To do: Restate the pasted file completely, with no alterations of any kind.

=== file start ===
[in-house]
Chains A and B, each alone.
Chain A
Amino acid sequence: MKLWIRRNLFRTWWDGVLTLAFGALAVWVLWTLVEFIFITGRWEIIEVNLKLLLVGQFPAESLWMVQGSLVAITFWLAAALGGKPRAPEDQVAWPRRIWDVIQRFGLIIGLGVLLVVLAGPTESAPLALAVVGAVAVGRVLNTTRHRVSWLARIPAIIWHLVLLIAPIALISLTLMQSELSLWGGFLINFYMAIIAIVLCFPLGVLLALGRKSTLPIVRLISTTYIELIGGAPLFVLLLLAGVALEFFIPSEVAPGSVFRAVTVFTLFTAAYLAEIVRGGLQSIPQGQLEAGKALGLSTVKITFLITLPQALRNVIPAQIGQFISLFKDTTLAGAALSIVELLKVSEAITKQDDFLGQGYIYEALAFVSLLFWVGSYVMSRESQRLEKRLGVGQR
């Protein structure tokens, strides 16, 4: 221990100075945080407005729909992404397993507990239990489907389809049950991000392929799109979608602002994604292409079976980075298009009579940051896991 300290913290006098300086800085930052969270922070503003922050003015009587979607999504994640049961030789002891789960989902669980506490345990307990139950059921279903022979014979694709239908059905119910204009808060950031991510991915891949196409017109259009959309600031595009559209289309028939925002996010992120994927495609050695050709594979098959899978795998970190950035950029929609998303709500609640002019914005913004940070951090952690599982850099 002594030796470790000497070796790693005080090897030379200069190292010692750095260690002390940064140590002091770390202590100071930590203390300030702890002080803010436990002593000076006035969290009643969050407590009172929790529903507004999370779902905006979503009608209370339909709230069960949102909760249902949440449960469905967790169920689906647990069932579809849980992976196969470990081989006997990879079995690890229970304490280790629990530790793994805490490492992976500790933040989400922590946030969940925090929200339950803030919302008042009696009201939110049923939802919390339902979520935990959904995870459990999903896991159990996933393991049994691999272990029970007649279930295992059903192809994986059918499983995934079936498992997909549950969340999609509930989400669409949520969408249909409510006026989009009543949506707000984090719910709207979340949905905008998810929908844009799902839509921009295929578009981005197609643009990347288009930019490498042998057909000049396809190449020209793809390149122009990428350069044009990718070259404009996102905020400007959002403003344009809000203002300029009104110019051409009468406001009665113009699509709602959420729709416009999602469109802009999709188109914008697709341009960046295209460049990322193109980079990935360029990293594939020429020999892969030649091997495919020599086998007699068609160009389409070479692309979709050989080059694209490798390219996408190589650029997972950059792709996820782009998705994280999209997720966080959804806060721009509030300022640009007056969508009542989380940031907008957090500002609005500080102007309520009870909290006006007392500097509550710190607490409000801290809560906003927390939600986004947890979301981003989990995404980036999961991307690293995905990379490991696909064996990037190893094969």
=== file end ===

[in-house]
Chains A and B, each alone.
Chain A
Amino acid sequence: MKLWIRRNLFRTWWDGVLTLAFGALAVWVLWTLVEFIFITGRWEIIEVNLKLLLVGQFPAESLWMVQGSLVAITFWLAAALGGKPRAPEDQVAWPRRIWDVIQRFGLIIGLGVLLVVLAGPTESAPLALAVVGAVAVGRVLNTTRHRVSWLARIPAIIWHLVLLIAPIALISLTLMQSELSLWGGFLINFYMAIIAIVLCFPLGVLLALGRKSTLPIVRLISTTYIELIGGAPLFVLLLLAGVALEFFIPSEVAPGSVFRAVTVFTLFTAAYLAEIVRGGLQSIPQGQLEAGKALGLSTVKITFLITLPQALRNVIPAQIGQFISLFKDTTLAGAALSIVELLKVSEAITKQDDFLGQGYIYEALAFVSLLFWVGSYVMSRESQRLEKRLGVGQR
């Protein structure tokens, strides 16, 4: 221990100075945080407005729909992404397993507990239990489907389809049950991000392929799109979608602002994604292409079976980075298009009579940051896991 300290913290006098300086800085930052969270922070503003922050003015009587979607999504994640049961030789002891789960989902669980506490345990307990139950059921279903022979014979694709239908059905119910204009808060950031991510991915891949196409017109259009959309600031595009559209289309028939925002996010992120994927495609050695050709594979098959899978795998970190950035950029929609998303709500609640002019914005913004940070951090952690599982850099 002594030796470790000497070796790693005080090897030379200069190292010692750095260690002390940064140590002091770390202590100071930590203390300030702890002080803010436990002593000076006035969290009643969050407590009172929790529903507004999370779902905006979503009608209370339909709230069960949102909760249902949440449960469905967790169920689906647990069932579809849980992976196969470990081989006997990879079995690890229970304490280790629990530790793994805490490492992976500790933040989400922590946030969940925090929200339950803030919302008042009696009201939110049923939802919390339902979520935990959904995870459990999903896991159990996933393991049994691999272990029970007649279930295992059903192809994986059918499983995934079936498992997909549950969340999609509930989400669409949520969408249909409510006026989009009543949506707000984090719910709207979340949905905008998810929908844009799902839509921009295929578009981005197609643009990347288009930019490498042998057909000049396809190449020209793809390149122009990428350069044009990718070259404009996102905020400007959002403003344009809000203002300029009104110019051409009468406001009665113009699509709602959420729709416009999602469109802009999709188109914008697709341009960046295209460049990322193109980079990935360029990293594939020429020999892969030649091997495919020599086998007699068609160009389409070479692309979709050989080059694209490798390219996408190589650029997972950059792709996820782009998705994280999209997720966080959804806060721009509030300022640009007056969508009542989380940031907008957090500002609005500080102007309520009870909290006006007392500097509550710190607490409000801290809560906003927390939600986004947890979301981003989990995404980036999961991307690293995905990379490991696909064996990037190893094969």